Evolution has been repeatedly observed as a fact. The theory explains how the fact happens, given the observed conditions that exist or existed. Those observed conditions are not explained by the theory, which simply incorporates them.

But further, IF - I say if - the “fine-tuning” argument is accepted, it doesn’t even take one as far as theistic evolution, for all it says is that life is an emergent property from the basic laws, structures and materials of the Universe. This may very well be true, but it only confirms that the development and evolution of life conforms to natural laws and follows natural processes that can be understood. The theory of evolution is such an understanding. It is in fact, the only such understanding. Other theories, such as “intelligent design” deny the idea of fine-tuning ab initio being sufficient to cause life to arise, and insist that intervention in, or actual abrogation of, natural laws and their contingent processes is required.

Hence, the argument from fine tuning is not an argument against evolution, the fact or the theory, but it is an argument against “intelligent design” or “special creation” of life. It’s very curious to see it deployed as if the converse were true.

But the point is, there are no “discoveries” by which “evolution is proven deficient”.

fittest meme said:

Dave Luckett said:

Fittest, you said the theory of evolution “is being proven deficient through many forms of molecular, mathematical, and cosmological discovery.”

I asked you what these discoveries are. I know of none, but that’s not surprising. More to the point, the biologists, molecular biologists, biochemists and geneticists present also do not know of them. Nobody seems to know of these discoveries but you.

I ask again: what discoveries are these?

Molecular - Irreducible complexity of molecular machines required for transcription and replication of coded information in genetic material Mathematical - lack of probabilistic resources in the universe to create even the simplest protein molecule by chance … let alone others that would be required to work with that first protiein to perform the most basic functions of replication. Cosmological - The fine tuned forces of the universe that are required for life and the improbability of them happening without design.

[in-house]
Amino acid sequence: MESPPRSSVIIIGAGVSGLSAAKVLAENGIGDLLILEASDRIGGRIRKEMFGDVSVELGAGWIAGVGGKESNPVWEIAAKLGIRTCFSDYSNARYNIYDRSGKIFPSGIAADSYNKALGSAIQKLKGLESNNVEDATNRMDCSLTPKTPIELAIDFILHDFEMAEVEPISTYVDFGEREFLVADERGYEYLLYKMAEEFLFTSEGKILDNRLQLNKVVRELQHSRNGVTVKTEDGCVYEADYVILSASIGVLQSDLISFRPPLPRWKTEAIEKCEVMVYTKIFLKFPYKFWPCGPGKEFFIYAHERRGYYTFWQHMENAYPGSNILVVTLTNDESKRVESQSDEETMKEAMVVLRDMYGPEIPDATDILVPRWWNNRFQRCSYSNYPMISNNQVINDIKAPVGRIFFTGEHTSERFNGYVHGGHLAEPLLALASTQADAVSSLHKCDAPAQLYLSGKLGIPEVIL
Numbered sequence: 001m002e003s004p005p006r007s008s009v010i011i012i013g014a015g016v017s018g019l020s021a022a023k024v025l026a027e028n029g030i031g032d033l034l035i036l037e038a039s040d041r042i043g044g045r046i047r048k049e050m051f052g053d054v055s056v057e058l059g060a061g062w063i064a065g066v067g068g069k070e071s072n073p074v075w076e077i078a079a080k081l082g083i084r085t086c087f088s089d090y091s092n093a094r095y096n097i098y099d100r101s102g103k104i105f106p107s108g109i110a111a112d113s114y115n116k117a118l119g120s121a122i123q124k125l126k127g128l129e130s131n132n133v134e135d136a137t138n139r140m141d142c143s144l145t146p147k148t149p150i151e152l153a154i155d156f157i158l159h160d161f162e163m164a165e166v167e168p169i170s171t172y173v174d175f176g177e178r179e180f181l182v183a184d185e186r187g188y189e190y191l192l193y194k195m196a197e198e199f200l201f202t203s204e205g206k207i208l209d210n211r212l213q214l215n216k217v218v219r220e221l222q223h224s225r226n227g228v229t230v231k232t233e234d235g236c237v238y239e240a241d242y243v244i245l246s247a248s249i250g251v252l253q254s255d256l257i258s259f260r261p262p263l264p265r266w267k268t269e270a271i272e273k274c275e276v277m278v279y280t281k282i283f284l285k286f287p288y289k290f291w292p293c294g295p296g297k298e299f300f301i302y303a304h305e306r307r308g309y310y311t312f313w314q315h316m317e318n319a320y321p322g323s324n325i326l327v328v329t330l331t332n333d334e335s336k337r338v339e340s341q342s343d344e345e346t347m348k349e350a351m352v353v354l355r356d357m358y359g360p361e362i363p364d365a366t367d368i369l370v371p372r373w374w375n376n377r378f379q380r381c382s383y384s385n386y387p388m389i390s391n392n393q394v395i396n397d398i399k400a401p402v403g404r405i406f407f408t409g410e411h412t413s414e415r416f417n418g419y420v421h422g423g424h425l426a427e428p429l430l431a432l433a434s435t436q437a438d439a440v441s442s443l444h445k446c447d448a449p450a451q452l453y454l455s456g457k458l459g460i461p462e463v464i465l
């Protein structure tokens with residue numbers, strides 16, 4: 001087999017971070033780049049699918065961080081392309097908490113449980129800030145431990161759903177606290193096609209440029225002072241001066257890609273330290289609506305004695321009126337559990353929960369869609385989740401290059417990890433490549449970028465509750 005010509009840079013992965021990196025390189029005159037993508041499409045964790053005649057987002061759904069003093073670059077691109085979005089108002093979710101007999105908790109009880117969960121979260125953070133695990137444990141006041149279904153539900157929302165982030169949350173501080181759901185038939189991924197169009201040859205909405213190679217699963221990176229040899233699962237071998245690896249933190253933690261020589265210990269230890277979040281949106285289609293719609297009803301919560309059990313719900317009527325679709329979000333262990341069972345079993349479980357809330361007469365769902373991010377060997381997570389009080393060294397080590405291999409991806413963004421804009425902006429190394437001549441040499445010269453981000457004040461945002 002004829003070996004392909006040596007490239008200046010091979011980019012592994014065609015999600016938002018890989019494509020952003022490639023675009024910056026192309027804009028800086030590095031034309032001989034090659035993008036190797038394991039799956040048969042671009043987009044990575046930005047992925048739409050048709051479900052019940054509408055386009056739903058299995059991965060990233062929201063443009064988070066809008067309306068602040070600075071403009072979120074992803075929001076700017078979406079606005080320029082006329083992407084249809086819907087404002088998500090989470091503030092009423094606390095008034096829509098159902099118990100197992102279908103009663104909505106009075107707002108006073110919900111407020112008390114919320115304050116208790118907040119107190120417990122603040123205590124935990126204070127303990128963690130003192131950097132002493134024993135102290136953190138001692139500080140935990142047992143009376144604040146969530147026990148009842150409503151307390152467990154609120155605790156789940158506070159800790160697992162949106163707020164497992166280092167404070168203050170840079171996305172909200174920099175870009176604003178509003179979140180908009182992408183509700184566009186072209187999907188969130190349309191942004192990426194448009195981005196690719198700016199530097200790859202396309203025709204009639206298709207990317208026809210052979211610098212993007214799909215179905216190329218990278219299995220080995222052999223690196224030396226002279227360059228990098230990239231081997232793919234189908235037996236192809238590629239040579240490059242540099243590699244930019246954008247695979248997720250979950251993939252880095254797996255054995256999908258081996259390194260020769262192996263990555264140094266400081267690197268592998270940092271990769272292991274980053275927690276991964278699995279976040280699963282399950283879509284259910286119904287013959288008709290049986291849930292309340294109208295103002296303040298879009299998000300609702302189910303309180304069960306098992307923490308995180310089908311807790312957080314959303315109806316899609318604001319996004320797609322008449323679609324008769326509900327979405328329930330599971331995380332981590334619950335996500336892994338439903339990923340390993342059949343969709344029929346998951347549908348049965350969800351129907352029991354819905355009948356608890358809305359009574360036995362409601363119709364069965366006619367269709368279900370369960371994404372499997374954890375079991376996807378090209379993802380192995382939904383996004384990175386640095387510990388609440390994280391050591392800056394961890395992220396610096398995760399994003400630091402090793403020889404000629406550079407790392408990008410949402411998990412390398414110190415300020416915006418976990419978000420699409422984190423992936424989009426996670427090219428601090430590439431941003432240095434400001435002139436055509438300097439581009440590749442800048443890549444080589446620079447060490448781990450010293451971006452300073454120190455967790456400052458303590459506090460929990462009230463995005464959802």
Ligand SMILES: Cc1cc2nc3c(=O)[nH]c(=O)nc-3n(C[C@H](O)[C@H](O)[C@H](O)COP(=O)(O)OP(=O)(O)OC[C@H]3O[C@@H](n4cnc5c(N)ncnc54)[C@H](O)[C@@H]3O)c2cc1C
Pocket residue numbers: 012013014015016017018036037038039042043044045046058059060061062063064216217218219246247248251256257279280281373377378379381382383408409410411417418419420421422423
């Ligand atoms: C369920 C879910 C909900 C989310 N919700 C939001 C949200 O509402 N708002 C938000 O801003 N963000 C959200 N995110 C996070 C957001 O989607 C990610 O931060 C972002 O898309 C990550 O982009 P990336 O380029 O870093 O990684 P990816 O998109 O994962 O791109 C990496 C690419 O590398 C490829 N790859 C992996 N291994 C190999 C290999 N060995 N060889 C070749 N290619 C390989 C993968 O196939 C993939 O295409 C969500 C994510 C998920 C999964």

You keep reciting the same mantra as all ID/creationists. Natural bridges are irreducibly complex; and they are a very simple example that proves that there are simple ways to produce irreducibly complex systems.

Yet you continue to dodge the question of emergent phenomena. Do you know what emergent phenomena are? You really don’t like physics and chemistry, do you.

The universe is not “fine tuned” PERIOD! That is a fallacy introduced and constantly repeated by ID/creationists. The fallacy consists in attempting to vary some of the “constants” one at a time and then concluding that the universe can’t exist.

But, when considered as ensembles, there are many combinations of fundamental “constants” that work together to produce universes that are complex enough to produce life. They don’t have to produce life as we know it. All that is required is that the hierarchies of complexity exist in a universe that is relatively much older than those complex systems that become “stars,” “elements,” “compounds,” “planets,” and all the other analogues to such systems our universe.

And time in any universe depends on the presence of matter and relative motions, some of which can serve as “clocks.” So even time doesn’t have to progress at the “same” rate if it were possible to compare times in other universes with the time in the universe we know. Millions of “years” in some such universes can look like a few seconds to us if we could look into some of those other universes. Conversely, “seconds” in some other universes can look like millions of years to us.

And, no, the universe doesn’t violate any laws of thermodynamics; PERIOD!

It really doesn’t help you to airily brush aside all of physics and chemistry in attempting to make biology look impossible. In fact, it really makes you look incredibly and willfully ignorant.

You ID/creationists seem to like that state of mind. By avoiding learning anything about the fundamental knowledge we currently have in science, you allow yourselves to wallow in medieval concepts and philosophies that have been discredited for centuries now.